0

I have a bash script running in the background and wanted to send the SIGRTMAX-9 signal to it.

SIGRTMAX-* case

Why kill command doesn't recognize the SIGRTMAX-9 signal?

╭─ /tmp/tmp.KHFbrCQhOB                                                        
╰─ kill -SIGRTMAX-9 $(pgrep bash)
kill: unknown signal: SIGRTMAX-9
kill: type kill -l for a list of signals

If I run the kill command with sudo:

╭─ /tmp/tmp.KHFbrCQhOB                                                        
╰─ sudo kill -SIGRTMAX-9 $(pgrep bash)
kill: invalid argument S

Usage:
 kill [options] <pid> [...]
 
 ...

 For more details see kill(1).

SIGRTMIN+* case

If I send the SIGRTMIN+3 it only works with sudo:

╭─ /tmp/tmp.KHFbrCQhOB                                                 
╰─ kill -SIGRTMIN+3 $(pgrep bash)     
kill: unknown signal: SIGRTMIN+3
kill: type kill -l for a list of signals
╭─ /tmp/tmp.KHFbrCQhOB                                                        
╰─ sudo kill -SIGRTMIN+3 $(pgrep bash)

╭─ /tmp/tmp.KHFbrCQhOB                                                        
╰─ echo $?                            
0

4
  • man kill is your friend. It will tell you how (and what) your version of kill supports. As for "why does it not support SIG<xyz>?", you will have to ask the author of your kill command, and ask them why--or ask them to include it in the next release.
    – C. M.
    May 11, 2021 at 20:04
  • @C.M. yeah, I read it before asking, thankfully I found the "error", it was a simple mistake, will be posting it as an answer soon, thank you!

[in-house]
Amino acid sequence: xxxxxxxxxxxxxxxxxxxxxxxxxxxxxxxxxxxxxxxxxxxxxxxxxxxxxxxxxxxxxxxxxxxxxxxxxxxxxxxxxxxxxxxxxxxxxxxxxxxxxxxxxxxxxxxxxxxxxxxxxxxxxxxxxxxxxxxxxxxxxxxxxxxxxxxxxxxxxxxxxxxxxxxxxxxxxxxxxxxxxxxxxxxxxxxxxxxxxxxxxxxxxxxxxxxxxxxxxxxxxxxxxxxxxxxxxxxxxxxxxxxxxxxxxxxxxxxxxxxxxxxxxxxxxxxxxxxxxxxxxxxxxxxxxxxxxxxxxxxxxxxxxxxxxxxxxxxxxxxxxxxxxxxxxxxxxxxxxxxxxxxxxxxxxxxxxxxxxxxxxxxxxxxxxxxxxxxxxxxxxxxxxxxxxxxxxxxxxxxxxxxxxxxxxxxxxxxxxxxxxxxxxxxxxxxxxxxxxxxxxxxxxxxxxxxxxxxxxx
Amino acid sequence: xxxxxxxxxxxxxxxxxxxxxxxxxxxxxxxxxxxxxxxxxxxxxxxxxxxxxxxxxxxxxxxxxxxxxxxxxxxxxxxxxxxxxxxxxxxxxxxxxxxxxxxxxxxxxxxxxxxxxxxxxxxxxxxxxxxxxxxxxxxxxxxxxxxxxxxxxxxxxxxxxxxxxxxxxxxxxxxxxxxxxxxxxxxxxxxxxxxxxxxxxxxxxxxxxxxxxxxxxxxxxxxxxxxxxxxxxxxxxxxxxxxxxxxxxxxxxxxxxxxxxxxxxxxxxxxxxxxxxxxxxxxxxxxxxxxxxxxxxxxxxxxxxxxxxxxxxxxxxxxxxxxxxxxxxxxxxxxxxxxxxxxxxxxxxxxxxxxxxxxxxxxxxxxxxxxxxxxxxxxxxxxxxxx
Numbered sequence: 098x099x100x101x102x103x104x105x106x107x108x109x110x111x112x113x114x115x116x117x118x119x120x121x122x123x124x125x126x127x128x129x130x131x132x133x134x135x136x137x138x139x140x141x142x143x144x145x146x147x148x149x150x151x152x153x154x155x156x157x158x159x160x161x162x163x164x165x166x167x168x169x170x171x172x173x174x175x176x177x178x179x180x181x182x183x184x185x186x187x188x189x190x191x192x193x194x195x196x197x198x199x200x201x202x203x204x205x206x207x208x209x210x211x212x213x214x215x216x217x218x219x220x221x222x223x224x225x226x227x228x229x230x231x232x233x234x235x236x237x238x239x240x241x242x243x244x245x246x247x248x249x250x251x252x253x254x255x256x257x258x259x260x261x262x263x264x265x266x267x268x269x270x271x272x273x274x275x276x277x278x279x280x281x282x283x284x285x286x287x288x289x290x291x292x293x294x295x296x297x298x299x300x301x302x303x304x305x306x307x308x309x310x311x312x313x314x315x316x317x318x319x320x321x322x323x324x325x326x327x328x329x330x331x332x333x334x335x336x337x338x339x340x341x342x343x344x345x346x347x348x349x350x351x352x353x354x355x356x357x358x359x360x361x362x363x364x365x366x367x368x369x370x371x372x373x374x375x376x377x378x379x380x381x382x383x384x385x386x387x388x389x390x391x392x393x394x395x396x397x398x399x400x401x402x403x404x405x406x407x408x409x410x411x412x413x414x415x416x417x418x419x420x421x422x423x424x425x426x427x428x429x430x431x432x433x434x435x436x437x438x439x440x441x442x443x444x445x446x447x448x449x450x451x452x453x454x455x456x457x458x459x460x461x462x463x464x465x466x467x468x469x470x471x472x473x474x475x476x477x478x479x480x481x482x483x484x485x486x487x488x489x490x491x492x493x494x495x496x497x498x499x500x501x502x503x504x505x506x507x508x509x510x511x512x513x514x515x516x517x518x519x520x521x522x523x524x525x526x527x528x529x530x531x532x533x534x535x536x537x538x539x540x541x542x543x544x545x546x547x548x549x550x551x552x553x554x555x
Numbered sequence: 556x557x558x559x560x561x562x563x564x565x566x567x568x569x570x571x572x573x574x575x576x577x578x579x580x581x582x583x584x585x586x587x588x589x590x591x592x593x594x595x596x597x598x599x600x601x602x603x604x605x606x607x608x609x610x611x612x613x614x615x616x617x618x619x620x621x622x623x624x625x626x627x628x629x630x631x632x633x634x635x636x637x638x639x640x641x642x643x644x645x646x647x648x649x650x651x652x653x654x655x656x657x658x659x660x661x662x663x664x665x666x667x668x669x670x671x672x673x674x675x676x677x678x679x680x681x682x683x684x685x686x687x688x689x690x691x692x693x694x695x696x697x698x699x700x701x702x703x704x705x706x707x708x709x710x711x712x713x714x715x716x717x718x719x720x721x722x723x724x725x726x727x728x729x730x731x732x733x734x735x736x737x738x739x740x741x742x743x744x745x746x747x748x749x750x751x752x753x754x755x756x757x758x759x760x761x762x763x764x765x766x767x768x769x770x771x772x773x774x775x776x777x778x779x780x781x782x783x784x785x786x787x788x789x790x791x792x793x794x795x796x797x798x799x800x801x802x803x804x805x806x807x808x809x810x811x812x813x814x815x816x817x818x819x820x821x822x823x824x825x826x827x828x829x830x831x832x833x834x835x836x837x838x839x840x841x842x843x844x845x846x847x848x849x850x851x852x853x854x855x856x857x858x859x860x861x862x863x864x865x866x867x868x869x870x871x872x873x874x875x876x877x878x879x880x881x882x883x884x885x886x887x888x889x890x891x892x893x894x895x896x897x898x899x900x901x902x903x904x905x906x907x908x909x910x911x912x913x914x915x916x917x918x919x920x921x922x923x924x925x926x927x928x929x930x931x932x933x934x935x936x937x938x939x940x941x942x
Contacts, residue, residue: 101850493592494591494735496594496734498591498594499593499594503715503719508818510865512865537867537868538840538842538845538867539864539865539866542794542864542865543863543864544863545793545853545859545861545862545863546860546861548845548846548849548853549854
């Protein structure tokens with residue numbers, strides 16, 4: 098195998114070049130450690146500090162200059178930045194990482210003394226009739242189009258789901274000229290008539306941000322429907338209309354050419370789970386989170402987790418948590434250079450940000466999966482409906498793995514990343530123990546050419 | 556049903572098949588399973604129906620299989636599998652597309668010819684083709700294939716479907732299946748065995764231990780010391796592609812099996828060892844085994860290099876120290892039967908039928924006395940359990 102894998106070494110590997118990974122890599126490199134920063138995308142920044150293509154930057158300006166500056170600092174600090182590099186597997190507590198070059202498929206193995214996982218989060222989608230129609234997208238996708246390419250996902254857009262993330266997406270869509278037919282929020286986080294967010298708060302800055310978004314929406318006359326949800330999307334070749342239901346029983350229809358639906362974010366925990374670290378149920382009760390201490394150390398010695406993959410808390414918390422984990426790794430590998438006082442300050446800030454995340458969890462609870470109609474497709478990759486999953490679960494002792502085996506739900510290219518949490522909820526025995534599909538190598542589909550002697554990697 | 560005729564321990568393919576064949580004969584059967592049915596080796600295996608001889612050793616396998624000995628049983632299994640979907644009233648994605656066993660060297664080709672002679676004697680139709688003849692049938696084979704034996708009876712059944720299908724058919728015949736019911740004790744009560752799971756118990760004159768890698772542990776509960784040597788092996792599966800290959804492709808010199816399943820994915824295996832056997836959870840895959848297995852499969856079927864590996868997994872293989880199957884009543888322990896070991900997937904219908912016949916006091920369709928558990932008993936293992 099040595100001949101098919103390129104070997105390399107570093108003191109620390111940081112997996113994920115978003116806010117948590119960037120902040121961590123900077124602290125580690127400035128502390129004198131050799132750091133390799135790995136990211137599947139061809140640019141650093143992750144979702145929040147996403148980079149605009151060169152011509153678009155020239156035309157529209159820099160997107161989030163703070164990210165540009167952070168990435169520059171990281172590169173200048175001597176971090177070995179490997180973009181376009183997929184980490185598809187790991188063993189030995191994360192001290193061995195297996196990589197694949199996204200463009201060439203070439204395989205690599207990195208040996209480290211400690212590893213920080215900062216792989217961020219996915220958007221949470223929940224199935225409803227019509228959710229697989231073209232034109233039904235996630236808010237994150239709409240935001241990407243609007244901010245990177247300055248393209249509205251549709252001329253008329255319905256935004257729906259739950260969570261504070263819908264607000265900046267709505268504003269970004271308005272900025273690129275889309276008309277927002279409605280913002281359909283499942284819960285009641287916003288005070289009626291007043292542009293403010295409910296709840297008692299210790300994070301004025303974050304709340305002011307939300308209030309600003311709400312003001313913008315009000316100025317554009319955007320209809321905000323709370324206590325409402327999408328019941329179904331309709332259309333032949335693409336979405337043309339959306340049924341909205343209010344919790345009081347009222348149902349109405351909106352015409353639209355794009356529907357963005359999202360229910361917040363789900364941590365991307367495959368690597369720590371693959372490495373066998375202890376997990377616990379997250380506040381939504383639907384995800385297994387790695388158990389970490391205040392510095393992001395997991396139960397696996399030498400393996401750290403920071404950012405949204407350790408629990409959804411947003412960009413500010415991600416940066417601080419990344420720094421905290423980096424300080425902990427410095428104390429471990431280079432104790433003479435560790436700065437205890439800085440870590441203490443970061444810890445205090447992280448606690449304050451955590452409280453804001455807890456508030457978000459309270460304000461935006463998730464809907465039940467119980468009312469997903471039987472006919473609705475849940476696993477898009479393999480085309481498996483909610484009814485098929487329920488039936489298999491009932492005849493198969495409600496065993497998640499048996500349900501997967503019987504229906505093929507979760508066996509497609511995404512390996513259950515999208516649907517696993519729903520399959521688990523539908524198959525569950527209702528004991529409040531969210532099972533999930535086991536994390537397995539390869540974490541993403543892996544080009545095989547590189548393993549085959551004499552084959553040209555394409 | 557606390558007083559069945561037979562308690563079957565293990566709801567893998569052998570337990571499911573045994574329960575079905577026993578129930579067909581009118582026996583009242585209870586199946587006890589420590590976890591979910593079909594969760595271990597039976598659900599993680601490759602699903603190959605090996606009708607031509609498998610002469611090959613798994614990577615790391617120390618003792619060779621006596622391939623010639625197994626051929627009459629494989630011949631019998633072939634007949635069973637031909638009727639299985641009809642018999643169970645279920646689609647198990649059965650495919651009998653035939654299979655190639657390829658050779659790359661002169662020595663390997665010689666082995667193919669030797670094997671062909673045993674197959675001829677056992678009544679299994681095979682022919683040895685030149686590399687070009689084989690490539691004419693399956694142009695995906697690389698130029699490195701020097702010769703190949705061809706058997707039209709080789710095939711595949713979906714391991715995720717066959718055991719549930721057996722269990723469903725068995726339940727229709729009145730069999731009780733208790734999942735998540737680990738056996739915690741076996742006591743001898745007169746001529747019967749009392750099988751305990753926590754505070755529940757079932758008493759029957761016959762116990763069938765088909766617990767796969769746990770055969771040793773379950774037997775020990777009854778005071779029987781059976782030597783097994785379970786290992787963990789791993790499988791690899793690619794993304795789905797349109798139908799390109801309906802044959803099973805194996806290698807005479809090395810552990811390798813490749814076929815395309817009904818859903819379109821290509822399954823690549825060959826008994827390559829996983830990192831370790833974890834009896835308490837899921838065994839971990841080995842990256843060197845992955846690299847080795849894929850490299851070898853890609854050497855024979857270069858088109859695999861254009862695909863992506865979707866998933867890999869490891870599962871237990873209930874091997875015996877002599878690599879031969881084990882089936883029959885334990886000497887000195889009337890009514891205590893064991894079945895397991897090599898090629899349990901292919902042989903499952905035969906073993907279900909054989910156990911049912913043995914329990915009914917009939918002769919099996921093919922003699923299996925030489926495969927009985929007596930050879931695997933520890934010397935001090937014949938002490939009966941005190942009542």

– gckida
    May 11, 2021 at 20:37
  • I am not certain which kill man page you have, but mine has the warning: NOTES Your shell (command line interpreter) may have a built-in kill command. You may need to run the command described here as /bin/kill to solve the conflict. making it clear. ;-) In either case, you can always use the numeric value instead of the symbolic name. Which is why I pointed you at the man page.
    – C. M.
    May 11, 2021 at 21:58
  • I just checked it again, and you're totally right!, I must have skipped the NOTES section, fool of me, thank you! d:-D
    – gckida
    May 11, 2021 at 22:30

1 Answer 1

0

I figured out the problem, simple as typing which kill it printed out kill: shell built-in command; the thing is that I was inside a zsh session, and it has a built-in kill command, I fixed it calling /bin/kill -SIGRTMAX-9 $(pgrep bash) instead of just kill -SIGRTMAX-9 $(pgrep bash).

You must log in to answer this question.

Not the answer you're looking for? Browse other questions tagged .